This genre of YA...this style of writing can get away with that. It's gritty. It's realistic. The readers can immediately relate to the characters because they act like normal teenagers. Perhaps you've even been to the town the character lives in, like the same books, adore the same celebrities. That's the point of contemporary YA: to show you're not alone, and to explore issues revolving around what being a teenager is like.
In my opinion, the sexualization presented in contemporary YA books is okay and normal. Don't go overboard, but if a teenager can think it, it will show up.
Genre YA Fiction
Ex. Divergent, The Hunger Games, Harry Potter, Eragon, City of Bones, The Maze Runner, Twilight, Matched, Delirium
This is where the line gets drawn. We have to define what is and isn't appropriate for books in these genres. It's a dangerous line that authors must cross carefully.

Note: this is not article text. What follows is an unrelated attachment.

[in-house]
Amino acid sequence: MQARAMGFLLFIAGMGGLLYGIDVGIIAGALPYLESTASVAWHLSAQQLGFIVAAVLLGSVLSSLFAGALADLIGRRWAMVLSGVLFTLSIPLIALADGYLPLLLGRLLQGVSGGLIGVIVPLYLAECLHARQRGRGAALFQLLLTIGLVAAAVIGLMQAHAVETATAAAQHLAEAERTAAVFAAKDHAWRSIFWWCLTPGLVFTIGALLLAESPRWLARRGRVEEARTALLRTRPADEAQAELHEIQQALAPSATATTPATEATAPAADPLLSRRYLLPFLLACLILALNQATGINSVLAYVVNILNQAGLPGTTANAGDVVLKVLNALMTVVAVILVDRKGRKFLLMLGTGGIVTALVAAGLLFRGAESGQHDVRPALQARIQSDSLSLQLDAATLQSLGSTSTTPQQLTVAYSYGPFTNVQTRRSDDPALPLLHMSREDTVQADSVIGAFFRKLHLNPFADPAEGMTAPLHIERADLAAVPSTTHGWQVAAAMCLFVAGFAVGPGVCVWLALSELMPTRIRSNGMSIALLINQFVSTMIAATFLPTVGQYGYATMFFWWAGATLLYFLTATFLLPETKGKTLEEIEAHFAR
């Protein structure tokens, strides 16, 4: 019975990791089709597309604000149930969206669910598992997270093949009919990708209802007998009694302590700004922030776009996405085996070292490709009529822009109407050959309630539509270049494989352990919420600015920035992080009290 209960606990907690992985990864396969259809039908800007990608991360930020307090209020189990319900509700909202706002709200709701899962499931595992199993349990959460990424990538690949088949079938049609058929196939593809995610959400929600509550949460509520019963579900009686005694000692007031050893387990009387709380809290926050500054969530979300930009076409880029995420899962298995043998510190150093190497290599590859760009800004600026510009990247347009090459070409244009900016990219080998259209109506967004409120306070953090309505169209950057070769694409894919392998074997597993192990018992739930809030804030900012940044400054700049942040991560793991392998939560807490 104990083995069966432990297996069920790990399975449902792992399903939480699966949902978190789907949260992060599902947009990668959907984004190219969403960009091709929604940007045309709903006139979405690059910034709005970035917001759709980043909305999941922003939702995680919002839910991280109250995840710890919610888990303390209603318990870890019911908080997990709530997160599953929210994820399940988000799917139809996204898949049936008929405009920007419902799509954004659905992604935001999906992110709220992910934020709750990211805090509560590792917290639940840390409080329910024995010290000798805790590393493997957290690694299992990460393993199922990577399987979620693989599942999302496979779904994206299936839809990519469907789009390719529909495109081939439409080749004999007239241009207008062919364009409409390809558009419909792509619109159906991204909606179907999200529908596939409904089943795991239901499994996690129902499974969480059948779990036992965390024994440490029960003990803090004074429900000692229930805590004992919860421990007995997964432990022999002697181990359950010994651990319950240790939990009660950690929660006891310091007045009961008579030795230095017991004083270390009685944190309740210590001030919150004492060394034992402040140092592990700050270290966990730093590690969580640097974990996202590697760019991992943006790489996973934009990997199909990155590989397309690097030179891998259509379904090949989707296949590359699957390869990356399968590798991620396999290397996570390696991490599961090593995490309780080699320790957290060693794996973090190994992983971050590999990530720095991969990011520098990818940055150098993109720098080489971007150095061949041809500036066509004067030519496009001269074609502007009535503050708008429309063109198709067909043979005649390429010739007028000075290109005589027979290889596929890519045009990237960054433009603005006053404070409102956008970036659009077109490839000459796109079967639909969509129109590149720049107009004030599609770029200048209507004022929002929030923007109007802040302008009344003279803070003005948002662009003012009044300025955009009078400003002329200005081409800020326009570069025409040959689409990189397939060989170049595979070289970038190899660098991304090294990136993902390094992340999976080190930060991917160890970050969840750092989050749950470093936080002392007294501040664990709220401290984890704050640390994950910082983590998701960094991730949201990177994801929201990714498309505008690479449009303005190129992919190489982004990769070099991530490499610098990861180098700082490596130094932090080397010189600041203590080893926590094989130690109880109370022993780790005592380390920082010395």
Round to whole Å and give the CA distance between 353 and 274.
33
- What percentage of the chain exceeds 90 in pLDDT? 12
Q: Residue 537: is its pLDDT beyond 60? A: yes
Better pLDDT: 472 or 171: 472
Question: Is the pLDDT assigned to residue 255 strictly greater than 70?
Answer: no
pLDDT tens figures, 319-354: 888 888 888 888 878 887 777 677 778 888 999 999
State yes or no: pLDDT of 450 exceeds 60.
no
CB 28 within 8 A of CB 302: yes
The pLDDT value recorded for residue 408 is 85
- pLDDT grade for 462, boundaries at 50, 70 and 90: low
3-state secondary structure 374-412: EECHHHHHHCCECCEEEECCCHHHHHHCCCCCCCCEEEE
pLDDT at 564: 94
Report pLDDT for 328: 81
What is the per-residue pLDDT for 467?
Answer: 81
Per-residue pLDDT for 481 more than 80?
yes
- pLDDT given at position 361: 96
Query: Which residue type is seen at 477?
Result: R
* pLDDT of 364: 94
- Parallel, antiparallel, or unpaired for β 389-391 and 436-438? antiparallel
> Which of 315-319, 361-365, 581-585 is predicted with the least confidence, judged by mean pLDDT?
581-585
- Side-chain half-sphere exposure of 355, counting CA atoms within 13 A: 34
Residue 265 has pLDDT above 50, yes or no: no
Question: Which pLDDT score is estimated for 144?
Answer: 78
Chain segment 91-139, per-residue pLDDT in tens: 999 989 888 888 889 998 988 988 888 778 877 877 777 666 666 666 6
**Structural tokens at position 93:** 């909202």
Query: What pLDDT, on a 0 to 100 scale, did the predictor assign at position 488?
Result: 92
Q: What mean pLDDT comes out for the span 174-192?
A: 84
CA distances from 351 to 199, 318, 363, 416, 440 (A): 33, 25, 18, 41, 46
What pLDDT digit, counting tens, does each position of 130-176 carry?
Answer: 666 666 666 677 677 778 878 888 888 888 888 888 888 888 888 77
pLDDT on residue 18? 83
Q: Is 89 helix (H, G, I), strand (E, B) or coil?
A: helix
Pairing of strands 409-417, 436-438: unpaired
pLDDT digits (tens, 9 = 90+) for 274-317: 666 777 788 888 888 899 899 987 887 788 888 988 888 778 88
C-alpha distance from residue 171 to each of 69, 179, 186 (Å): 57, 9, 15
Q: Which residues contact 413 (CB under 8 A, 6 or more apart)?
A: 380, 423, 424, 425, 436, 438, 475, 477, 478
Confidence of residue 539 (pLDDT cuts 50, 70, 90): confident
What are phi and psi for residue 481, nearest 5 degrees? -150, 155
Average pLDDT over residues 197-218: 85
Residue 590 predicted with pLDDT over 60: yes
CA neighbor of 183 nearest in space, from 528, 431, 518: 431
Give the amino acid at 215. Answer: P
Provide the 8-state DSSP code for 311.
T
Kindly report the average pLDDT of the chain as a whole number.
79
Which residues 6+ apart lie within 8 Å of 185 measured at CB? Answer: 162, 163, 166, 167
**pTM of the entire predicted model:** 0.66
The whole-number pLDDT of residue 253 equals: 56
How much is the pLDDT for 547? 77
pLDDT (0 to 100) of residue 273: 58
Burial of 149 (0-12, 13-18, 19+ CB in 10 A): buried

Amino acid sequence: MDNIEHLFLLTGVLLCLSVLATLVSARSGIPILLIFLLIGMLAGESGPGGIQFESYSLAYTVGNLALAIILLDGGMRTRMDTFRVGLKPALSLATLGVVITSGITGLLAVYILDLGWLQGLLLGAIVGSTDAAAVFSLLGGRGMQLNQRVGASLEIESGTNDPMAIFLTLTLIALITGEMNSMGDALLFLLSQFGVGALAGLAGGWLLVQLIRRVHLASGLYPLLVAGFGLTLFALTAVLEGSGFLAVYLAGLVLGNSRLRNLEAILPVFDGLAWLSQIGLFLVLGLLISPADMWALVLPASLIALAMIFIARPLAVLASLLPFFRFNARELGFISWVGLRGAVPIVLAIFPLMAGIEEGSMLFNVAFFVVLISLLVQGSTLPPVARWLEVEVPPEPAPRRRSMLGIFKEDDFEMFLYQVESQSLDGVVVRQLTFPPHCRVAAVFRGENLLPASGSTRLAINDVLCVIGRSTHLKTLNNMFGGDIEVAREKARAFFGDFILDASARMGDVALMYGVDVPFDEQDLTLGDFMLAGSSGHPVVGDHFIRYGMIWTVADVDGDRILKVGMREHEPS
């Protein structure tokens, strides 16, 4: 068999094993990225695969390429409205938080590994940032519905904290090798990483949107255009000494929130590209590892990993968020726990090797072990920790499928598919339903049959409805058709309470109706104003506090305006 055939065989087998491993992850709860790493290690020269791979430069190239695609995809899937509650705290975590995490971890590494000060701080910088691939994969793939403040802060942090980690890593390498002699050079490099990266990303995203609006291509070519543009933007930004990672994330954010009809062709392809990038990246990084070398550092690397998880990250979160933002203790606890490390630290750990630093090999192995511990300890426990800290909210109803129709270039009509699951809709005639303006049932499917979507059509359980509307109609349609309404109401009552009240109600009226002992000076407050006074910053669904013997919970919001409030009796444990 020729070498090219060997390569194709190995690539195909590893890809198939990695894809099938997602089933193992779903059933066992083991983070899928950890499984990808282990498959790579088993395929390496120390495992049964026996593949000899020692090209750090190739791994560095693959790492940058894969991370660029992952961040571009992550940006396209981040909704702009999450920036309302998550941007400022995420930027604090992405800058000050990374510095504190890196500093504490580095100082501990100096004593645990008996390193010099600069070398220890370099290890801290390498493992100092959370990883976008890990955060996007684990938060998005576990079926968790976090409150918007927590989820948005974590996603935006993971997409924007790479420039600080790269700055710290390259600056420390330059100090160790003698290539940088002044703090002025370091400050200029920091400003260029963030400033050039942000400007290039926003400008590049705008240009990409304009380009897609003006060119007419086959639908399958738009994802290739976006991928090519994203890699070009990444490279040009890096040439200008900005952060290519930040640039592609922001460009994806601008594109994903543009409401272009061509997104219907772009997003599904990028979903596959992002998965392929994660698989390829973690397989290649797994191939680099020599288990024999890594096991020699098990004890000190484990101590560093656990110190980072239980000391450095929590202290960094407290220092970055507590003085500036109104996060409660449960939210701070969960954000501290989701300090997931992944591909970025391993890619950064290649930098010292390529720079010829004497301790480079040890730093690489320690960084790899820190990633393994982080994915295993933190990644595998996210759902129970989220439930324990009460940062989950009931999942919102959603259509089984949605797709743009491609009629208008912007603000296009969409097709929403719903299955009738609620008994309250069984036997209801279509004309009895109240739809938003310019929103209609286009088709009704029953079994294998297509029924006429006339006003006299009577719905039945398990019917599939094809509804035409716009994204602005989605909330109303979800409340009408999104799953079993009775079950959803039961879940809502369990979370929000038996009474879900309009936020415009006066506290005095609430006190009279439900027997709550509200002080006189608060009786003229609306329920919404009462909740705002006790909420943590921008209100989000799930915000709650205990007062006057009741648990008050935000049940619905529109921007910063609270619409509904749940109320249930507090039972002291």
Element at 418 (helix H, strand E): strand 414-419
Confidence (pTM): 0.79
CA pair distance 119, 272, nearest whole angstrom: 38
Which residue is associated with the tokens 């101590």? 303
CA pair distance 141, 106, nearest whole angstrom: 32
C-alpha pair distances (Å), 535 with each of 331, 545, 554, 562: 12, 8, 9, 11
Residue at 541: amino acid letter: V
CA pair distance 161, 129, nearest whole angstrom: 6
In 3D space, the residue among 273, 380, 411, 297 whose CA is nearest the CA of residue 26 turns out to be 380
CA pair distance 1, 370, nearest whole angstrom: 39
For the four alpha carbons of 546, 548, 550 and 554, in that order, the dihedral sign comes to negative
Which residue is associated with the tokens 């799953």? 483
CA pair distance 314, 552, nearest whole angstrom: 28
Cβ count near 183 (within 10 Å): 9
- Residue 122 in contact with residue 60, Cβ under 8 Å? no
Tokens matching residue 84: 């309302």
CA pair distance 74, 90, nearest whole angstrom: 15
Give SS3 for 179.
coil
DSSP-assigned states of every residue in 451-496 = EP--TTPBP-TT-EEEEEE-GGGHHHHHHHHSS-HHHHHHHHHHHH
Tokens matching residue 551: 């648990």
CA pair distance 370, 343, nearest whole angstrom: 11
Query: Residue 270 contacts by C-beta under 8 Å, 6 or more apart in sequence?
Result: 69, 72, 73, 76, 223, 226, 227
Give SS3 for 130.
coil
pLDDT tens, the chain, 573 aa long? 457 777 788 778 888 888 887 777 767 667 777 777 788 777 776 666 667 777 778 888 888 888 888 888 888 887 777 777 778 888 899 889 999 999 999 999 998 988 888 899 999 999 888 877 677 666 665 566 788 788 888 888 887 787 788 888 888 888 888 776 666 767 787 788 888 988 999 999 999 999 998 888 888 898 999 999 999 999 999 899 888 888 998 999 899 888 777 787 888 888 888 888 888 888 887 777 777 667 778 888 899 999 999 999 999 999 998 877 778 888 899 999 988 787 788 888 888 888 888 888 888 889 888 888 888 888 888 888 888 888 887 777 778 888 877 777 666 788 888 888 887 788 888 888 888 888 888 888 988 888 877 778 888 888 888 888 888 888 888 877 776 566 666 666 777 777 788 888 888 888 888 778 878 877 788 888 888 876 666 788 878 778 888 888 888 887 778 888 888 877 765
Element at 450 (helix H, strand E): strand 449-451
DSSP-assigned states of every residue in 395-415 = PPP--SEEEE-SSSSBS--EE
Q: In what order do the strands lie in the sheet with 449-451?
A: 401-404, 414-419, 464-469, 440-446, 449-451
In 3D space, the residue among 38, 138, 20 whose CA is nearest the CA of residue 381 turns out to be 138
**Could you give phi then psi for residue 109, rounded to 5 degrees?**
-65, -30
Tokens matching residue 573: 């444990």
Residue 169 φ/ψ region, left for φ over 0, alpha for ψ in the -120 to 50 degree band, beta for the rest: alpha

When it comes to genre fiction, readers aren't coming into the book expecting to read a girl's love life in Small Town, USA. We want an adventure. We want action. We want run-down cities and exotic planets. We want cool guns and serums and magic and death and zombies and monsters and vampires (well, we're getting bored of that).
The point is, we want to escape into a world we can only imagine that will eventually look good on the big screen.
Inevitably, there's a romance brewing in these books. And inevitably, we get to see one character's intimate thoughts about another character. The author, however, has to be careful. Remember, most of us didn't come here for the gushy-gushy makeout session. Most of us are strictly focused on the plot, and we're analyzing how everything that affects the plot.
So when the girl meets the hot guy, we don't want to be bombarded with physical descriptions about the attractiveness of said guy -- usually. It's okay to toss them in there. But remember: in genre fiction, plot is essential.